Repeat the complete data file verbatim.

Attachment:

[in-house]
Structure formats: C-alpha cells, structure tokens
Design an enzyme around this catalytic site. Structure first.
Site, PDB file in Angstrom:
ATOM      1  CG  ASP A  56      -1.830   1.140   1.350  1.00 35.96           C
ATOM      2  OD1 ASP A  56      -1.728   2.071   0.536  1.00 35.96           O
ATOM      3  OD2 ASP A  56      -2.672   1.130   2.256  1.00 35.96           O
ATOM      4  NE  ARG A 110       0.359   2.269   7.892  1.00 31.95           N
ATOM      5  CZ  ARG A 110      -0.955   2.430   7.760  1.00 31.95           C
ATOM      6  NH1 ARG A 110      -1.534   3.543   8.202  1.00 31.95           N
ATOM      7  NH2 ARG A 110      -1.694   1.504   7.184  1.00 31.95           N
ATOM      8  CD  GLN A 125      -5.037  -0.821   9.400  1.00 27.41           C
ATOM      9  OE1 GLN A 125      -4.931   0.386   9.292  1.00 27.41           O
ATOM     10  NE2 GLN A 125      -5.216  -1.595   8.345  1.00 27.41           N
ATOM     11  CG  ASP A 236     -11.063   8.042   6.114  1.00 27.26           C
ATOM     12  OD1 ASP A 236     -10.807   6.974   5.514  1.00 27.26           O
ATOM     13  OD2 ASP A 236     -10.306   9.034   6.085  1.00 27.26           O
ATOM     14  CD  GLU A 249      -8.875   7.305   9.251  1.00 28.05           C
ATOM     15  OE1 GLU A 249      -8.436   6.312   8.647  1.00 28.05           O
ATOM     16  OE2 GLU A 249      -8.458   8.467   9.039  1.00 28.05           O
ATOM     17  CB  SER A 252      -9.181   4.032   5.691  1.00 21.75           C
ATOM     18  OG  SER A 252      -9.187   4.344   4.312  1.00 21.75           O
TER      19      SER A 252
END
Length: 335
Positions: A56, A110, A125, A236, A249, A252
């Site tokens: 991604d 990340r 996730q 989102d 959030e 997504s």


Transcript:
[in-house]
Structure formats: C-alpha cells, structure tokens
Design an enzyme around this catalytic site. Structure first.
Site, PDB file in Angstrom:
ATOM      1  CG  ASP A  56      -1.830   1.140   1.350  1.00 35.96           C
ATOM      2  OD1 ASP A  56      -1.728   2.071   0.536  1.00 35.96           O
ATOM      3  OD2 ASP A  56      -2.672   1.130   2.256  1.00 35.96           O
ATOM      4  NE  ARG A 110       0.359   2.269   7.892  1.00 31.95           N
ATOM      5  CZ  ARG A 110      -0.955   2.430   7.760  1.00 31.95           C
ATOM      6  NH1 ARG A 110      -1.534   3.543   8.202  1.00 31.95           N
ATOM      7  NH2 ARG A 110      -1.694   1.504   7.184  1.00 31.95           N
ATOM      8  CD  GLN A 125      -5.037  -0.821   9.400  1.00 27.41           C
ATOM      9  OE1 GLN A 125      -4.931   0.386   9.292  1.00 27.41           O
ATOM     10  NE2 GLN A 125      -5.216  -1.595   8.345  1.00 27.41           N
ATOM     11  CG  ASP A 236     -11.063   8.042   6.114  1.00 27.26           C
ATOM     12  OD1 ASP A 236     -10.807   6.974   5.514  1.00 27.26           O
ATOM     13  OD2 ASP A 236     -10.306   9.034   6.085  1.00 27.26           O
ATOM     14  CD  GLU A 249      -8.875   7.305   9.251  1.00 28.05           C
ATOM     15  OE1 GLU A 249      -8.436   6.312   8.647  1.00 28.05           O
ATOM     16  OE2 GLU A 249      -8.458   8.467   9.039  1.00 28.05           O
ATOM     17  CB  SER A 252      -9.181   4.032   5.691  1.00 21.75           C
ATOM     18  OG  SER A 252      -9.187   4.344   4.312  1.00 21.75           O
TER      19      SER A 252
END
Length: 335
Positions: A56, A110, A125, A236, A249, A252
């Site tokens: 991604d 990340r 996730q 989102d 959030e 997504s």